Conservatives: A chance to sound off and explain

Discussion in 'Politics' started by Tiassa, Dec 28, 2004.

  1. CounslerCoffee Registered Senior Member

    Or... as you put it... power over healthcare.

    He created a Department to combat terrorism. Unlike Clinton who went around creating special White House Task Forces to investigate drug use in sports.

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  3. shrubby pegasus Registered Senior Member

    bush didnt create the department, if you recall the dems originally proposed and bush shot it down. then when he realized it sounded good and people would like him for it, it suddenly became a great idea.
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  5. top mosker Ariloulaleelay Registered Senior Member

    No - because we the people would hold the power to fire those who made bad descisions. With private insurance companies, they are allowed to set the rates, they are allowed to control who and does not have healthcare. With a government that works for the people and their betterment (I should have made the analogy of a "tool" - it is used by us), an informed electorate can fire those who make bad descisions. With private healthcare, there is no sense of responsibility or even ethics towards the people of the united states, only profit.

    A little personal update: I went ahead with getting the medecine, and at this point, I am set very far behind in my finances, and will not be able to pay rent - all because ten pills that I absolutely need cost $150.

    Ah, but I digress, universal healthcare is afterall, a socialist idea. Why shouldn't large pharmacutical companies be able to make enormous profits off of human suffering? That's the American way!

    1. The Department of Homeland security was not created to combat terrorism, it was created to react to a threat/attack.
    2. This is not about Clinton. He is completely irrelevent to this conversation.
    3. The Department of Homeland Security is basically a federal force of uniformed security guards meant to keep the people in line. TSA anyone? Have you tried to park in a loading zone (not even leaving the vehicle, simply waiting for an arrival.) Whatever heappened to that ideal of free and unrestricted travel? We are giving up our liberties to become more safe when a government can never protect against terrorist attacks. It's your most simple fascist strategy.

    Still no reply from madanthony on anything relevent on this thread I see...
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  7. crazy151drinker Registered Senior Member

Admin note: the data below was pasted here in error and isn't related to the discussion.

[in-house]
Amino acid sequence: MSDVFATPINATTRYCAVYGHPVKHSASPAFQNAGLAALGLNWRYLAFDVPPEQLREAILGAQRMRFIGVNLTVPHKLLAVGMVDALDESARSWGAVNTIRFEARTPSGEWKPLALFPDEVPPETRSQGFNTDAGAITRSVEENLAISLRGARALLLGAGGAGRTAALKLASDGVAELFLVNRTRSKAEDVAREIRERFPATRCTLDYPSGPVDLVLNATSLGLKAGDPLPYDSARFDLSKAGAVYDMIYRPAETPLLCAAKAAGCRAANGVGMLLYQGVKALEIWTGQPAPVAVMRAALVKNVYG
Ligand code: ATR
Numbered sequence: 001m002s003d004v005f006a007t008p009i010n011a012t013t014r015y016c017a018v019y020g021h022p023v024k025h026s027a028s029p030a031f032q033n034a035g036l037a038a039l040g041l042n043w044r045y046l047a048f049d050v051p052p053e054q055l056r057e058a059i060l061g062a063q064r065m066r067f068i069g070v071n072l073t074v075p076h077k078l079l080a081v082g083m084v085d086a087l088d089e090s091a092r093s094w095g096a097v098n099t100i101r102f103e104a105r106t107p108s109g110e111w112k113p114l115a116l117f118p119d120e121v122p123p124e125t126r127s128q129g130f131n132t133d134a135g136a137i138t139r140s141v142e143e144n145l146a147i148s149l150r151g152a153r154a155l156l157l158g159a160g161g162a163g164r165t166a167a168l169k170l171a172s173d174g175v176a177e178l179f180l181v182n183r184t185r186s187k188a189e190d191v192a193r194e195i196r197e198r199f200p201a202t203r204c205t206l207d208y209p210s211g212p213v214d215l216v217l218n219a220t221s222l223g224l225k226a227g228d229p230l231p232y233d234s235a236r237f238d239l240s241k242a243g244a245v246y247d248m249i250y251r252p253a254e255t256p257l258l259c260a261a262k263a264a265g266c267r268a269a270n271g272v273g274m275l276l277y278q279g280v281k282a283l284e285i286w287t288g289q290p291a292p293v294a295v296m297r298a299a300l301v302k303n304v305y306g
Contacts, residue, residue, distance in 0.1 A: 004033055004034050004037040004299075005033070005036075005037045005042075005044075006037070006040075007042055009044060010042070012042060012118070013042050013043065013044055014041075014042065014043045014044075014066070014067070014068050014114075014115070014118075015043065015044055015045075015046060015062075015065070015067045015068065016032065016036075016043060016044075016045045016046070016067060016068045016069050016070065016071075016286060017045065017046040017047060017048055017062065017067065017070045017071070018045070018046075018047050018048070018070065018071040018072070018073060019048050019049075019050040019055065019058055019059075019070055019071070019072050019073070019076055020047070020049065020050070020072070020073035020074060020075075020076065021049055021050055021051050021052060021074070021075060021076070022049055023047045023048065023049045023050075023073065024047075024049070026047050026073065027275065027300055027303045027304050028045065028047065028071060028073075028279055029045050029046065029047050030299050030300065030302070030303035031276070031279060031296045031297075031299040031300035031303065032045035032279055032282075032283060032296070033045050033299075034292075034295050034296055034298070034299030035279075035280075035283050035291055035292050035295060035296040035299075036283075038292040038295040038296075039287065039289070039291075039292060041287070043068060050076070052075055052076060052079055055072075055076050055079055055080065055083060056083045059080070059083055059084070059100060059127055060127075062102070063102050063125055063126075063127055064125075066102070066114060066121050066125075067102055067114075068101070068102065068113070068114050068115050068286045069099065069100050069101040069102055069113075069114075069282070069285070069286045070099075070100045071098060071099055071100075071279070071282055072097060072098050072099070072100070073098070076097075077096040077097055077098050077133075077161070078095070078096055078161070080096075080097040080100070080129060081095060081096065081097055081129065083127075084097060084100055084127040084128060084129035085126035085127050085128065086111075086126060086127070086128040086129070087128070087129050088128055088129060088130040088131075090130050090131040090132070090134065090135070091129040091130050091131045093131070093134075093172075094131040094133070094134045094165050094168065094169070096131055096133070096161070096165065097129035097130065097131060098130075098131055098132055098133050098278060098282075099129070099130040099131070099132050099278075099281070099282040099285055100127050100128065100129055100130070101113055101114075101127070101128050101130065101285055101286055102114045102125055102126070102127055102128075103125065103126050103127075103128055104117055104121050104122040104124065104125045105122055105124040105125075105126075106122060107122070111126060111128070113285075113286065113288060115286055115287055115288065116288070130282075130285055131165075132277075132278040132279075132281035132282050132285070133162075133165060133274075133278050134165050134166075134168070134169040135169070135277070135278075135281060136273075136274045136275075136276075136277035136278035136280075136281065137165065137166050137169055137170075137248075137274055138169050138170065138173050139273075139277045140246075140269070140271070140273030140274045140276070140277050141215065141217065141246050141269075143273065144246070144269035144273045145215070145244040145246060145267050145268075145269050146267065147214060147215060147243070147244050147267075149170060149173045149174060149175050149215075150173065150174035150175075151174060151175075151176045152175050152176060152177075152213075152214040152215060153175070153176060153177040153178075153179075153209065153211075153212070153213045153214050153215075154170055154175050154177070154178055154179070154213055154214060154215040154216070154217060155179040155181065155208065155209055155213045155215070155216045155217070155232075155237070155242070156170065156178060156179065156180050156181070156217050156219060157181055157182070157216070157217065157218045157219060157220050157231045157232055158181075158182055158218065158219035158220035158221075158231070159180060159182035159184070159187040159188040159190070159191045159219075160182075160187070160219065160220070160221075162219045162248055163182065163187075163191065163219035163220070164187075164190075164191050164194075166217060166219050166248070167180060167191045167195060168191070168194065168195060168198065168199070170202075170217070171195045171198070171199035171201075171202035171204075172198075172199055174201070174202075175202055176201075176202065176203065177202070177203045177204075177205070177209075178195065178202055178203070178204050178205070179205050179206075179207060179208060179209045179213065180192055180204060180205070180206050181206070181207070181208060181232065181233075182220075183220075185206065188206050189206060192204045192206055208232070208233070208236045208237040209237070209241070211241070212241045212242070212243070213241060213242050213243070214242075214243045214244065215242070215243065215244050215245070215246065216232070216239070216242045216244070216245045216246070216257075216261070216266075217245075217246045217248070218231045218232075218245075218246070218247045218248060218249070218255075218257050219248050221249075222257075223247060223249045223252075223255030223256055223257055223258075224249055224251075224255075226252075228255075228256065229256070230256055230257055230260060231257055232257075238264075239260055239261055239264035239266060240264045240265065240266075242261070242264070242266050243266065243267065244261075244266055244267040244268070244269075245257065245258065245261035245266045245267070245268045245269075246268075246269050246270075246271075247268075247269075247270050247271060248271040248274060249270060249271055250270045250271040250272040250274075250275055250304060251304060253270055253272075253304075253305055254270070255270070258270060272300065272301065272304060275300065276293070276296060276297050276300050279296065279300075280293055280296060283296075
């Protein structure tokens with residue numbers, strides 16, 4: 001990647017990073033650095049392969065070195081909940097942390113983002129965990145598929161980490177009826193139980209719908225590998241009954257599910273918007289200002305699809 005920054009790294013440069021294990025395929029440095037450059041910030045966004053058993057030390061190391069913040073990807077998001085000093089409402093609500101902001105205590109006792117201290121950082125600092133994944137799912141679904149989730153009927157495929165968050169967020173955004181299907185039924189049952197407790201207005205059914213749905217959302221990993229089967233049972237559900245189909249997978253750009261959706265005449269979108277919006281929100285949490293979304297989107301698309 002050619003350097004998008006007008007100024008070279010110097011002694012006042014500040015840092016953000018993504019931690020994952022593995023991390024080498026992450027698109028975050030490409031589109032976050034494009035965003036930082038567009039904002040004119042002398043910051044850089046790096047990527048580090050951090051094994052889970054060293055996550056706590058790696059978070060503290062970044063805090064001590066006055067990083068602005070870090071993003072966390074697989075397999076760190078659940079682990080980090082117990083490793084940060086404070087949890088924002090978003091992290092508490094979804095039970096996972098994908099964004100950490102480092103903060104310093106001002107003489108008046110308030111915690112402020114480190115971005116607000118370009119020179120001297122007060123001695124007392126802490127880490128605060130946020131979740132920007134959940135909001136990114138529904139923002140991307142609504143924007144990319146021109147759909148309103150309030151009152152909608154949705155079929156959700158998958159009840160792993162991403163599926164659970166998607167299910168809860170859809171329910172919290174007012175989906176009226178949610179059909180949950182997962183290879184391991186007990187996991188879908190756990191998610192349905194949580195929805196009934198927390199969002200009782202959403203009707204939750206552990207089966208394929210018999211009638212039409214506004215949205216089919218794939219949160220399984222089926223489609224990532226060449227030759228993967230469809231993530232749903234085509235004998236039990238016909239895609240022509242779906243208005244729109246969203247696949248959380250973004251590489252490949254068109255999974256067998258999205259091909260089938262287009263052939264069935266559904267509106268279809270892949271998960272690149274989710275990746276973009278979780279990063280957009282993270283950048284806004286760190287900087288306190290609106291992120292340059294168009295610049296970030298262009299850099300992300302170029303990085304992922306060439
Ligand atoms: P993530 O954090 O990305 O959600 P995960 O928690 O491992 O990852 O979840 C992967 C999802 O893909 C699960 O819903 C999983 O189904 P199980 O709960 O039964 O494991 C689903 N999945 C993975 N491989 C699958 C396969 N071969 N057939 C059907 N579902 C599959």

"Liberal means one who continues to hold the constitution and bill of rights as the most important document ever produced by the US government"

    I guess Liberal has many definitions. Some would say that it is for those who want change, whereas conservatives want things to stay the same.

    And as far as supporting the Constitution, the current state and size of the Federal Government (and its Extreme Level of Power of the States [due to federal funding no less]) is hardly within the ideals of the Constitution. Lets not get into the various 4th Branches of Government- ie the EPA, the DEA, Social Security and others.

    I would be a Liberitarian if it wasnt for their unrealistic foriegn policy ideals. Social stuff they have down pat. "Leave me alone."

    The ACLU would represent Stalin if they could.
  8. CounslerCoffee Registered Senior Member

    You're right about that. When Bush lost the 2004 election I was all like "Yippie". Wait, that didn't happen. And if you have law enforcement on your side, and health care in your pocket... Call me paranoid, call me drunk, but I think you got a dictatorship!

    They shouldn't. Health care should be heavily regulated, not completely controlled by the Government. The Government should not be making what will become known as "Government Asprin". Governments are really bad at a lot of things, the last thing we need them to control is health care.

    I quote you: "it was created to react to a threat/attack."

    "Combat may take place under a certain set of rules or be unregulated. Examples of rules include the Geneva Convention, the code of the Knights of the Round Table, and the Marquess of Queensberry rules."

    Oh but he is. You said "Conservative does not mean states' rights and a smaller government anymore." And I responded with the fact that Dems seem to meddle in sports and create special White House Task Forces to handle these sporty situations.

    I agree with that.